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Hoskins gives Cutters 2nd walk-off win

July 22, 2014 - Mitch Rupert
Bent over at the waist, Rhys Hoskins held the bill of his red batting helmet and tapped the top of the helmet on the ground before jumping up and firing the helmet into the air. The Williamsport first baseman waited by second base to be swarmed by the pack of Crosscutters players rushing the field.

Hoskins, who hadn't hit a ball out of the infield in four previous at-bats Tuesday night against Batavia, smoked an 0-2 pitch to the warning track in right-center field in the bottom of the ninth, scoring Jiandido Tromp and Aaron Brown to give the Cutters a 6-5 win. The victory snapped a four-game losing streak and was the second walk-off win of the season.

Williamsport, which had lost eight of its previous 10 games, was down to its last out before Tromp and Brown singled to put two runners on in the ninth inning. Hoskins then double off Batavia's Juancito Martinez to end the game and set off a celebrating by second base.

Hoskins had jumped out of the way of the first two pitches of the at-bat against Martinez in the ninth inning, thinking they were inside. But homeplate umpire Chris Scott called them both strikes to Hoskins' dismay. But the Sacramento State product took a walk out of the box and composed himself before drilling the next pitch to win the game.

“He let one over the plate and I got on it,” said Hoskins. “Really, all you're trying to do is get it to the next guy. That was my approach. Get it to the next guy and either load the bases with a walk, or have the game tied.”

On a night where the Cutters had at least one baserunner in all nine innings, Hoskins' two-run double allowed the Cutters to reach the season's halfway point with a .500 record at 19-19, and moved them just one game behind Staten Island in the Wild Card standings.

“This is a really big game. We keep playing really well at home,” Cutters manager Shawn Williams said. “After the last week to 10 days, for this to happen late in the game and get a big walk-off where you're down to your last out and down to your last strike, it shows the character of the players we've got.”

Williamsport had averaged just 3.1 runs per game over its last 10 games prior to last night, but got one early on a the first of Jiandido Tromp's two home runs, which tied the game at 1-1 in the fourth. Tromp hit his team-leading ninth home run in the seventh inning, a laser of a two-strike, two-out, three-run blast to left field.

It was the third multi-home run game of the season for the 20-year old from Aruba. All nine of his home runs, and 21 of his 24 RBIs this year have come in the not-so-friendly confines of spacious Bowman Field.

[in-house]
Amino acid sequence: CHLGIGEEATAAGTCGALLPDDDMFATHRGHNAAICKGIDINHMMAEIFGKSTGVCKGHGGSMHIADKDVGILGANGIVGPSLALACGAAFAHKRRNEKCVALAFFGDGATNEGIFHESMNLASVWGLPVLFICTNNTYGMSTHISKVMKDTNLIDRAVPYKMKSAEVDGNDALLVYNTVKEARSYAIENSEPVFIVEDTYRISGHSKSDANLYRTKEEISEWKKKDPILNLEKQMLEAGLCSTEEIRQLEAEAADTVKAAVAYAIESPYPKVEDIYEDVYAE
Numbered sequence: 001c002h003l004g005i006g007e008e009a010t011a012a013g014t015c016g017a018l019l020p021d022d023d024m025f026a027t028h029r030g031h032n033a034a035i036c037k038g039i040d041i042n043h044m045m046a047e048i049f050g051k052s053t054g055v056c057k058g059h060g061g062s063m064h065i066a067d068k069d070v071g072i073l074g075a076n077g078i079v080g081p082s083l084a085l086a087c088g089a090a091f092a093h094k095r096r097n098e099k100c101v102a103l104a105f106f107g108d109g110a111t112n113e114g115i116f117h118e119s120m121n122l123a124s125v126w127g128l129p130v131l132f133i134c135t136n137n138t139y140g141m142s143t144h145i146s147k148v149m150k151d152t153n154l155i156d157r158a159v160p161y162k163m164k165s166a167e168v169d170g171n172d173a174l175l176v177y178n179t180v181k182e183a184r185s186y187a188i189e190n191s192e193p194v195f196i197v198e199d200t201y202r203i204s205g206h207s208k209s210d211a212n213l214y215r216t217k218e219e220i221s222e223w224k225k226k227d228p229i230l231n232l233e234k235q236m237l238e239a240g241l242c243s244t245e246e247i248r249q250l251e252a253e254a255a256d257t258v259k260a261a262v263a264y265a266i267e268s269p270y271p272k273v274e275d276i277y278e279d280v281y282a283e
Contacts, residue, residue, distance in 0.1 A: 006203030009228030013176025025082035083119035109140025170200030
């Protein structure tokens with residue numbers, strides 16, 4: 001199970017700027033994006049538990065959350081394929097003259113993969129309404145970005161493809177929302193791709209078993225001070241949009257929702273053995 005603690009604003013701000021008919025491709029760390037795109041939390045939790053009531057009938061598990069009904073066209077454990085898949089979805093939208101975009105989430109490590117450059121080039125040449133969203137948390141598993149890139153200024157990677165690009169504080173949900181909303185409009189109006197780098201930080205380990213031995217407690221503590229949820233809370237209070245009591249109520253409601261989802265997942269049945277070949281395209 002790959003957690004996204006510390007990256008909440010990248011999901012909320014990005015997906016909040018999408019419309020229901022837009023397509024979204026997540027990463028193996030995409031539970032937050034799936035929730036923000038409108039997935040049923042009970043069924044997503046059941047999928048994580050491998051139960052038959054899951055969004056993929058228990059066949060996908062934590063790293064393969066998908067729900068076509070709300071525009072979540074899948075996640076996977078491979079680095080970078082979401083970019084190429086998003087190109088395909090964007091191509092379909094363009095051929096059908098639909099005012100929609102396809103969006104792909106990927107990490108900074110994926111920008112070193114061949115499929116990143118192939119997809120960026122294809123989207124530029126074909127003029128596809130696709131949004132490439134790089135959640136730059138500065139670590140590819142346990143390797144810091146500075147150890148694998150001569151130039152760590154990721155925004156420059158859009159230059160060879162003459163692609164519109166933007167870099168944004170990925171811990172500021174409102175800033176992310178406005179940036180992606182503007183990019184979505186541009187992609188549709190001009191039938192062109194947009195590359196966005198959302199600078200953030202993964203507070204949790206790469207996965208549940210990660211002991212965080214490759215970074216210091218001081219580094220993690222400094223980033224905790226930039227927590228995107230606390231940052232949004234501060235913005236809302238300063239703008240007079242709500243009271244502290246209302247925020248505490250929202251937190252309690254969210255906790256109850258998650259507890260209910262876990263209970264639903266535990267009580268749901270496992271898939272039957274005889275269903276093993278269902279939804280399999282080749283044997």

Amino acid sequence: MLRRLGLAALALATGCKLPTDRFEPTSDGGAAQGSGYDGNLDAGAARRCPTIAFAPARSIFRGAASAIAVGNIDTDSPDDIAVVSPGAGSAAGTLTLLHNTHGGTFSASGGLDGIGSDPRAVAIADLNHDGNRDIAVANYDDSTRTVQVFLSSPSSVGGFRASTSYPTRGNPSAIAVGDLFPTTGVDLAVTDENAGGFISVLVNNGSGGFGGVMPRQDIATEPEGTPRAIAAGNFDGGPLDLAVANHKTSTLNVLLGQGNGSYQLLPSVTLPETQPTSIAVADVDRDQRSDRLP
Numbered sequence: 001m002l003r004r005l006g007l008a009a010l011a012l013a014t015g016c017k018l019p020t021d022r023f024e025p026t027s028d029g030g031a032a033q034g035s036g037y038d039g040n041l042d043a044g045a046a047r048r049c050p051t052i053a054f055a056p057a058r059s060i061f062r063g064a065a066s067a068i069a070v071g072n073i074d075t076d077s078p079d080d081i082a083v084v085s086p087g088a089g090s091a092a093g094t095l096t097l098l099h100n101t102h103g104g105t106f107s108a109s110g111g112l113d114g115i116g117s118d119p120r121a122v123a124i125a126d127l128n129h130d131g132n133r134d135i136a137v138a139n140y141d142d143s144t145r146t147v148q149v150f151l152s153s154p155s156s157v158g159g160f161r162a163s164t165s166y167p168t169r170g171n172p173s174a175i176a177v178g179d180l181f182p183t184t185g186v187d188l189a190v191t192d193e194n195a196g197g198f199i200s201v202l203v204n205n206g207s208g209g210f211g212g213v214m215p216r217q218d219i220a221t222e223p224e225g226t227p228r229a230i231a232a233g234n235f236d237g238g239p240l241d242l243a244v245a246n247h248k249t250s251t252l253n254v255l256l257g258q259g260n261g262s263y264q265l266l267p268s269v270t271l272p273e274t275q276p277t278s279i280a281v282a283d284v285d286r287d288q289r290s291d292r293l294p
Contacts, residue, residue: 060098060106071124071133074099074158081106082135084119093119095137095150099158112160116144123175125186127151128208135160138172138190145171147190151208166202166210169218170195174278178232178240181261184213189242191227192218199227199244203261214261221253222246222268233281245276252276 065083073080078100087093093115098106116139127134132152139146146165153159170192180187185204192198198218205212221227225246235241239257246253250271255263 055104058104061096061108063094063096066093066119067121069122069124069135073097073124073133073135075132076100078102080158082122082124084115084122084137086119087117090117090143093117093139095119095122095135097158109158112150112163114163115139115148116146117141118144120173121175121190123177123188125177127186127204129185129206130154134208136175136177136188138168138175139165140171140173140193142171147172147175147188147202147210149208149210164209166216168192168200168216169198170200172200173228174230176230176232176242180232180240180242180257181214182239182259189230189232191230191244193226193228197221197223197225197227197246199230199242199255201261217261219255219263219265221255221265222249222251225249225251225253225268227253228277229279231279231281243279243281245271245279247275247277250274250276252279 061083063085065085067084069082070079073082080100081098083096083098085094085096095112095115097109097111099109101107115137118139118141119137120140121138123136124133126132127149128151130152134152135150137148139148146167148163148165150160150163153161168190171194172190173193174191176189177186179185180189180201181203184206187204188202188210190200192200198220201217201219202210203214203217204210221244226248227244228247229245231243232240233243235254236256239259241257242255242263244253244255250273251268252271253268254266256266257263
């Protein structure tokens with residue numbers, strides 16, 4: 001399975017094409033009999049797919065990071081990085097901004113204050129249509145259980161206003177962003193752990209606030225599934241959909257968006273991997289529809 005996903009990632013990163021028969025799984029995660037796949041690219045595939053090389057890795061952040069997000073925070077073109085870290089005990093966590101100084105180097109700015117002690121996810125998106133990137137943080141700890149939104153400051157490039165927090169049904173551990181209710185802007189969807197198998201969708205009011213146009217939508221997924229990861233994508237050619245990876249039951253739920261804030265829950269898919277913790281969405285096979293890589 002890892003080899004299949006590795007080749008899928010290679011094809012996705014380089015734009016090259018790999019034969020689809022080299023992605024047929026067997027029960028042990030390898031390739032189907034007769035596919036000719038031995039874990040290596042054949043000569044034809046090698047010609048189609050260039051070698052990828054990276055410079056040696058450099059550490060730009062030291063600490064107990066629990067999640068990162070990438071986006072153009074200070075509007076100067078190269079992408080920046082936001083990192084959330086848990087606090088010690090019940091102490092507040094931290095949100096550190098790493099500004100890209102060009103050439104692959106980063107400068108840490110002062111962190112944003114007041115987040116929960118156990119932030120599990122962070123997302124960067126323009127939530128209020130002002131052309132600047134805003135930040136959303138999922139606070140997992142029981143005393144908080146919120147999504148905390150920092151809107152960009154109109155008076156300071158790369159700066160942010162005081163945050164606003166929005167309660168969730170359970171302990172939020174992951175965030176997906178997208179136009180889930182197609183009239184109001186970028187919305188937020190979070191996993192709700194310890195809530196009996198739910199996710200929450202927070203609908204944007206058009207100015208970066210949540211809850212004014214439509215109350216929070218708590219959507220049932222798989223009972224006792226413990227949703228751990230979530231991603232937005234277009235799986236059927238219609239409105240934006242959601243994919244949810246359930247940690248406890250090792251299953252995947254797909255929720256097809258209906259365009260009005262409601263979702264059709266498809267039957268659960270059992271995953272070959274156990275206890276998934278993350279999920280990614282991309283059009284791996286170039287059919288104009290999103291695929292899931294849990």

Tromp finished the night 4 for 4, with four runs batted in and threw in a stolen base for good measure. It snapped a 5 for 26 (.192) stretch over his previous nine games.

“We're not in that game without Tromp,” said Hoskins, who still remnants of a shaving cream pie in the corners of his eyes and throughout his hair while standing in the clubhouse. “He had four knocks and got us the lead and kept us in it. We're not there without him.”

“He's one of those guys you just leave in there. He's going to go up and down. He's kind of streaky, but that's how he is,” Williams said. “So you leave him in there. When he puts together good games, they're just like (Tuesday). And he usually does it for multiple nights. He's a gamer and he gets after it and he's fun to watch play because he's a five-tool guy.”

Batavia took the lead in the eighth inning, erasing Williamsport's 4-1 lead by scoring four times and sending eight batters to the plate. Reliever Frank Rivas allowed a run on a wild pitch and exited after walking his second batter of the inning to put runners on first and second with one out.

Closer Calvin Rayburn allowed a two-run double to K.J. Woods, the first batter he faced, on an 0-2 pitch to tie the game at 4-4. Three pitches later, Wildert Pujols slapped a ball passed the drawn-in infield to give the Muckdogs a 5-4 lead.

It erased another strong start from Mitch Gueller, who without his best stuff, grinded through six innings, allowing just one run on five hits. It was the fourth time in seven starts this year Gueller allowed one run or less and completed at least five innings.

He was in line for his fourth win, which would have been a career high, until the bullpen couldn't hold the lead.

“He pitched is what he did,” Williams said. “When he has success, that's what he does. I think he's almost better off when he doesn't have his best stuff because then he starts using his slider more and his change-up more, and pitching backwards. He does whatever he can to get outs.”


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